"The vision for the company is that the garment, whatever we wear, is going to eventually turn into a computer," Heapsylon CEO David Vigano said. Heapsylon is incorporating the sensors it's developed into various textiles for its Sensoria product line which will include T-shirts, sports bras, and socks.
Why socks? "Our feet are constantly under pressure," Vigano said, "and they're both under pressure and underserved by technology and innovation." The socks work alongside an anklet that magnetically attaches to them. The anklet gathers data from the sensors which it then transmits via Bluetooth to the user's smartphone.
Similar topronating or have a heel-striking tendency. It also offers specifics on cadence and pace., the glean data from built-in accelerometers, so you'll have access to the metrics that matter most, such as your speed, distance, and altitude gain. If you've been swept up in the fitness tracker craze, you know this is pretty standard stuff. But the Sensoria sock system also offers some unique real-time stats that serious runners will find especially attractive: pressure and force data on your feet. That allows users to determine whether or not they're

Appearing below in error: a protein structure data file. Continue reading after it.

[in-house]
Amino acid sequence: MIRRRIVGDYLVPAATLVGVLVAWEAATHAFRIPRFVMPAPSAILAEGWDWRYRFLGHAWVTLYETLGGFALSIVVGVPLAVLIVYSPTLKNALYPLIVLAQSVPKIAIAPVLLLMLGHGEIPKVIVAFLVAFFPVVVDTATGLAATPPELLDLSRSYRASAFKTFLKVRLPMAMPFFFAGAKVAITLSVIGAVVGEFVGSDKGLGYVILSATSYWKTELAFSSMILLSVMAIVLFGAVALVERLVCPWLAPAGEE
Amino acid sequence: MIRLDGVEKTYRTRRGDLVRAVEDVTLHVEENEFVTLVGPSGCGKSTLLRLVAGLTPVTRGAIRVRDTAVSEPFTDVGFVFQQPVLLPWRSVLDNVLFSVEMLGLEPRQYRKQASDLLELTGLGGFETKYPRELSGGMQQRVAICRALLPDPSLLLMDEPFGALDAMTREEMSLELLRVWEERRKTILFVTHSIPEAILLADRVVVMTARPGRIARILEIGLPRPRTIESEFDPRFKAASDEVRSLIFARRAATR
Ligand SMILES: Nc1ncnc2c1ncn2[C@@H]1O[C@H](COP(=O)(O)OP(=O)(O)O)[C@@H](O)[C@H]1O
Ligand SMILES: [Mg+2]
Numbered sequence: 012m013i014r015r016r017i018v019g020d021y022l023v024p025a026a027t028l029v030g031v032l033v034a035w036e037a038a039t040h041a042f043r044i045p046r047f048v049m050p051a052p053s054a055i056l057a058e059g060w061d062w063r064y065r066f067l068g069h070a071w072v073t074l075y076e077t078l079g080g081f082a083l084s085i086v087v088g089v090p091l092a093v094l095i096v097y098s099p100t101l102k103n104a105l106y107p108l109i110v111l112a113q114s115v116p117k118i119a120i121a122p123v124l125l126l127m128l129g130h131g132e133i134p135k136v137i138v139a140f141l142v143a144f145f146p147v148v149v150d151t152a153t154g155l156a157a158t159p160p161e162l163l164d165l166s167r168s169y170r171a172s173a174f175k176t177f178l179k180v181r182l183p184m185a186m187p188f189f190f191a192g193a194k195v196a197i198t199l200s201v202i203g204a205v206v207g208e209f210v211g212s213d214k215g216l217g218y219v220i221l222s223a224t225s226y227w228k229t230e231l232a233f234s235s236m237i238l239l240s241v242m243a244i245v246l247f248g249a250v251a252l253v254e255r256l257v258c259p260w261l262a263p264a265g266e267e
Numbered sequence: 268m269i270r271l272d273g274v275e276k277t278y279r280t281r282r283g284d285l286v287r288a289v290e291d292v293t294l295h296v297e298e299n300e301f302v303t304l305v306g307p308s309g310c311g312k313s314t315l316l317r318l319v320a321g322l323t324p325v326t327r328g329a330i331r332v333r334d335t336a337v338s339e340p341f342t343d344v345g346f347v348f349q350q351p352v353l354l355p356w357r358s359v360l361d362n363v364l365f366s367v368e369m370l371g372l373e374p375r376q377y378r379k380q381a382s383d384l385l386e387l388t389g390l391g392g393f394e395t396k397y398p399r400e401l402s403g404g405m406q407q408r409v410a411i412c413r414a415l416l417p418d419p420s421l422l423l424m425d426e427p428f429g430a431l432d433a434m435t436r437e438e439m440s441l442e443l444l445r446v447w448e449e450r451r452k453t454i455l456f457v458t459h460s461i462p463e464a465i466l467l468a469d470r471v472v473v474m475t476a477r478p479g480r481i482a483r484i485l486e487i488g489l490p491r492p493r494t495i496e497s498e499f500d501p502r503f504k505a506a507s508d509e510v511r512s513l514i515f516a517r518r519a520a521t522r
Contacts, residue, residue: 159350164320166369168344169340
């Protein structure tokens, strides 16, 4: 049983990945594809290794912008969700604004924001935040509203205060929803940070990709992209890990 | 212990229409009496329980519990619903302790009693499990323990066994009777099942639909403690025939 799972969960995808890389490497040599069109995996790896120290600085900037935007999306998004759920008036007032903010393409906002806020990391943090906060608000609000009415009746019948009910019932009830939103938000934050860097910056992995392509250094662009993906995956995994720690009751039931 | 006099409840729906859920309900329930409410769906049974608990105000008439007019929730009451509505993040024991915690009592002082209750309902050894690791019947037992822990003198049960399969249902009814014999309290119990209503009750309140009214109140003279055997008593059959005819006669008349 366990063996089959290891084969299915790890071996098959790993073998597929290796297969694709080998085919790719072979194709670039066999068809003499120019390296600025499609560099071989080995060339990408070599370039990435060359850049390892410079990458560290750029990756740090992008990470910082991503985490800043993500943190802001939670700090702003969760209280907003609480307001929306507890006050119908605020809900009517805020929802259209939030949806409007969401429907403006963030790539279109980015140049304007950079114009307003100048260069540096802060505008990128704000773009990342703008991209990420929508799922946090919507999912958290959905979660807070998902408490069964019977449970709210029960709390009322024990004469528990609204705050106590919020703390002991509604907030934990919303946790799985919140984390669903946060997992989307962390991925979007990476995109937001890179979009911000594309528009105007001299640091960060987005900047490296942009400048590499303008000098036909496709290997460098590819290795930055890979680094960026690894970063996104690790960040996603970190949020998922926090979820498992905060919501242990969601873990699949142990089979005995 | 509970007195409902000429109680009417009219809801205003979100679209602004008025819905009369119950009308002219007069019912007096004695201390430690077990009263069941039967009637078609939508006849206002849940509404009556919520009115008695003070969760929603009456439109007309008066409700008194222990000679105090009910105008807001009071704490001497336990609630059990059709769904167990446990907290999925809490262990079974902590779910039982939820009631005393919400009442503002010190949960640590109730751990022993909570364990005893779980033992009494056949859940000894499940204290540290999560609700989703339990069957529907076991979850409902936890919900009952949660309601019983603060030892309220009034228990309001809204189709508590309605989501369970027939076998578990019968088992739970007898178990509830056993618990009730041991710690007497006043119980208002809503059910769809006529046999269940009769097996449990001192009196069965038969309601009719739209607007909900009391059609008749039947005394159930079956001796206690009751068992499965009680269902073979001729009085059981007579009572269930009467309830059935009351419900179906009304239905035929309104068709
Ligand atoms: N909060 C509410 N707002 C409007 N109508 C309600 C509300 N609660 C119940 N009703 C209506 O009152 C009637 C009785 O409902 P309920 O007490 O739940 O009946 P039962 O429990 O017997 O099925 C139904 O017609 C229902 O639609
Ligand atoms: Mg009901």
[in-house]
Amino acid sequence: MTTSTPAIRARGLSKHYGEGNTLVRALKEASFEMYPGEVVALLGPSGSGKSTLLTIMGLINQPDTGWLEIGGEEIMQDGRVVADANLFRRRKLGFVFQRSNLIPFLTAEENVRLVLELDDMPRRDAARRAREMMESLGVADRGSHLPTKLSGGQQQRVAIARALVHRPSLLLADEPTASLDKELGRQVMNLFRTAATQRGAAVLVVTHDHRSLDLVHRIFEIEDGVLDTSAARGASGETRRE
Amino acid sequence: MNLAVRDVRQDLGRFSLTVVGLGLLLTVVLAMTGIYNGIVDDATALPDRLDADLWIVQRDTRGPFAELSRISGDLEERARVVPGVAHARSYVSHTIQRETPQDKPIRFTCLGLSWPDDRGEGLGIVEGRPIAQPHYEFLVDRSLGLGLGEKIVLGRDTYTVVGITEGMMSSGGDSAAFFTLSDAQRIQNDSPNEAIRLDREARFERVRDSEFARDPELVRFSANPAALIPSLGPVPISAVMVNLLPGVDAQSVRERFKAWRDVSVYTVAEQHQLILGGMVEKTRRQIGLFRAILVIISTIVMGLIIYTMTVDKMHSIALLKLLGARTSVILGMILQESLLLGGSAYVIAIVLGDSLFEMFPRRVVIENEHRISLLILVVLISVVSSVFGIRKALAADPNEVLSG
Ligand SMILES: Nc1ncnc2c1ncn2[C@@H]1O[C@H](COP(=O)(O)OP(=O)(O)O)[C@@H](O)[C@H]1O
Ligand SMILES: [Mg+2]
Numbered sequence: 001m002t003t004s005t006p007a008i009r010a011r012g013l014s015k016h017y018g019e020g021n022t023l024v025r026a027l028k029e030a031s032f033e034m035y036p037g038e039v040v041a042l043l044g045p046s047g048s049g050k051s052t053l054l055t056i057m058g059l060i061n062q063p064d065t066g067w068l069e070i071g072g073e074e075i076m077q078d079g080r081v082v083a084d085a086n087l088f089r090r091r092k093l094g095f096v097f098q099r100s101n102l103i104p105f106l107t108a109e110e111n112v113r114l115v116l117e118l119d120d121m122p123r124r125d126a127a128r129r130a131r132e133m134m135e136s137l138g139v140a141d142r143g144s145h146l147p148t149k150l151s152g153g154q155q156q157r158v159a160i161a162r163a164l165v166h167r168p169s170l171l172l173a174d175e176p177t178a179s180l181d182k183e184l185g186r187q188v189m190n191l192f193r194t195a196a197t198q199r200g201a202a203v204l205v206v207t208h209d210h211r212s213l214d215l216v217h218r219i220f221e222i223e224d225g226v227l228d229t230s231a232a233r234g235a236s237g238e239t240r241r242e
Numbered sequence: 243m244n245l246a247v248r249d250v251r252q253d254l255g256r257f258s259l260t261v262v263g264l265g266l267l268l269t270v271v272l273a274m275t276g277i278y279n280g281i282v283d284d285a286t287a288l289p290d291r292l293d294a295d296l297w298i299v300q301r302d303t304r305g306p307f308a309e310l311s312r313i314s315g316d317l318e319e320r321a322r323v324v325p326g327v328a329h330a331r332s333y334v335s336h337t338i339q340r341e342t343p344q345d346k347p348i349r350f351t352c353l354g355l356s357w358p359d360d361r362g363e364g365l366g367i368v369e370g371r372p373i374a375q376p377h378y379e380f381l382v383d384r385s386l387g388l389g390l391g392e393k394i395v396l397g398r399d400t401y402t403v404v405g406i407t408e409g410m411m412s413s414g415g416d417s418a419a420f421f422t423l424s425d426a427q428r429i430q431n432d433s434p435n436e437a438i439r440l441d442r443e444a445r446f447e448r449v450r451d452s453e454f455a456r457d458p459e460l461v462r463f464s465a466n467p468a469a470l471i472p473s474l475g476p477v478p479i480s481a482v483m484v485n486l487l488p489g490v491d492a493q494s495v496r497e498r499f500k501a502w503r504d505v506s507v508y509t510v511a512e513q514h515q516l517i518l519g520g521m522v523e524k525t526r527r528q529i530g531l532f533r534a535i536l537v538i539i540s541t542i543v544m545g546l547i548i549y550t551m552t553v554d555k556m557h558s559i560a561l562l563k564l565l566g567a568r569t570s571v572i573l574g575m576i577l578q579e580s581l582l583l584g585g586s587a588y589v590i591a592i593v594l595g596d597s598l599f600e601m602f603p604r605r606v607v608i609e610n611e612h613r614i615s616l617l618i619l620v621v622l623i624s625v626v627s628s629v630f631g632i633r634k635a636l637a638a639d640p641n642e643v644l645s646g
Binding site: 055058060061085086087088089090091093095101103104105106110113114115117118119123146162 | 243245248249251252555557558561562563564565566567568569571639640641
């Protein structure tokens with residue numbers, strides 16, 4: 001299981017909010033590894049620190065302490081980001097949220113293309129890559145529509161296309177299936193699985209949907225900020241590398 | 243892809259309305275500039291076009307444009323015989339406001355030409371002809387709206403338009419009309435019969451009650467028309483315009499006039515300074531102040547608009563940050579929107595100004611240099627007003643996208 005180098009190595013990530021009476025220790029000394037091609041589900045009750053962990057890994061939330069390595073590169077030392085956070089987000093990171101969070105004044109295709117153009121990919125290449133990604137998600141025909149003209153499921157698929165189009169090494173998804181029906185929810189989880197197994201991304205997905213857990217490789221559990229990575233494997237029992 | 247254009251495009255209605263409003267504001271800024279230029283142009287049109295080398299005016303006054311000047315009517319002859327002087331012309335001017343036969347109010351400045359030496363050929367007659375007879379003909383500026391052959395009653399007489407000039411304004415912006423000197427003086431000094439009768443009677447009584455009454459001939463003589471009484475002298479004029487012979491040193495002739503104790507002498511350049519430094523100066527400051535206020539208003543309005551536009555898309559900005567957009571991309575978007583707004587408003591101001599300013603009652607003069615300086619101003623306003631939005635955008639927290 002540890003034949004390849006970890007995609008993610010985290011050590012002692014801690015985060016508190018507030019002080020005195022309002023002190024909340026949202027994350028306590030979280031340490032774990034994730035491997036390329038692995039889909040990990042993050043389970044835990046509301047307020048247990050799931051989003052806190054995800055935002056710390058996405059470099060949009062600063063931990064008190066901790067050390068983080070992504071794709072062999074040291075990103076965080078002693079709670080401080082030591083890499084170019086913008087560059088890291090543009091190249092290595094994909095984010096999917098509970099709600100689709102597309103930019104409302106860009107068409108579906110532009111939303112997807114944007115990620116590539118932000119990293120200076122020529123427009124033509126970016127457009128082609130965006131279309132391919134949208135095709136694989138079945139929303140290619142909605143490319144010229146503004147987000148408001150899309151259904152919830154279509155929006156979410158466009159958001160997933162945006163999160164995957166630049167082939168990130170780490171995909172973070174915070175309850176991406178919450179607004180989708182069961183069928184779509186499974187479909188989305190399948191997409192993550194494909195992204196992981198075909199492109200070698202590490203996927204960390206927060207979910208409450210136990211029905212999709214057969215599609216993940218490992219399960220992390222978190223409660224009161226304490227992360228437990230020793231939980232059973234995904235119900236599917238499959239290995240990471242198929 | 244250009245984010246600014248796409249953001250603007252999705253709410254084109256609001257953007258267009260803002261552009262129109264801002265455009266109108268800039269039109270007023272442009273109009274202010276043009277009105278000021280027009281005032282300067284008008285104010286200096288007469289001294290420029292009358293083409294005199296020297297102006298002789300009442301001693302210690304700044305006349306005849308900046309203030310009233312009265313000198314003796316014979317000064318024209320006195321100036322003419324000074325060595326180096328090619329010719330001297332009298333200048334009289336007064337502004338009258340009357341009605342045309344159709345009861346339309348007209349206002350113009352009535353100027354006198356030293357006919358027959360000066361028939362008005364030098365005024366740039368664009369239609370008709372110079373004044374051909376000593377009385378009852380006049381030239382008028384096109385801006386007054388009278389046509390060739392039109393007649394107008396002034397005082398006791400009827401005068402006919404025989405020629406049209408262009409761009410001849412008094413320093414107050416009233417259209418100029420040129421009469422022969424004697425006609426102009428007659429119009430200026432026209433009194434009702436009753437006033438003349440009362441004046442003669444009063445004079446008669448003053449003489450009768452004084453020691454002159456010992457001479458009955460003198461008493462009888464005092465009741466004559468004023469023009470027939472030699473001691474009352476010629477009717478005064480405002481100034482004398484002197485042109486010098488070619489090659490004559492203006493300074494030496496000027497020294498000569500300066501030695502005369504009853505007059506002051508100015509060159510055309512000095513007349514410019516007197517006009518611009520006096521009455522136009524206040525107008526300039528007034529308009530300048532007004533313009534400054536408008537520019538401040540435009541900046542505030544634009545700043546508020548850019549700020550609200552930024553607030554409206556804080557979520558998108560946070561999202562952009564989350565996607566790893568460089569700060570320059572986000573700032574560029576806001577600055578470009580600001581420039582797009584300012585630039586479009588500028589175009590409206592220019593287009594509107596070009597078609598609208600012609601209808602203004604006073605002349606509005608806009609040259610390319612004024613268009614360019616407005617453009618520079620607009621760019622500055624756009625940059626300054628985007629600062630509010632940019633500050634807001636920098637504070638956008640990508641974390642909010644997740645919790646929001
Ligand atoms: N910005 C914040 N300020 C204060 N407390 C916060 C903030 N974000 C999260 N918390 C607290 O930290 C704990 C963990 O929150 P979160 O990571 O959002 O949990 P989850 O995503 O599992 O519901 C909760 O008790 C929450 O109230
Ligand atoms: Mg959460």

All that is bound to please avid runners, though they may not be too thrilled about wearing the anklet. While I didn't find the prototype that I briefly tried on uncomfortable, I'm curious as to whether a more skilled runner would find it cumbersome on a long run. Naturally, there are plans to reduce its footprint, so to speak. "Long-term, the anklet would become smaller and smaller," Vigano said. "We think that eventually it will disappear to the human eye. Right now, we want to create an anklet that will be a fashion accessory."
That may seem like a tall order, given that anything worn on the ankle immediately conjures up images of someone under house arrest. But given the rising popularity of fitness gadgets like theand the , it may not be such a stretch after all.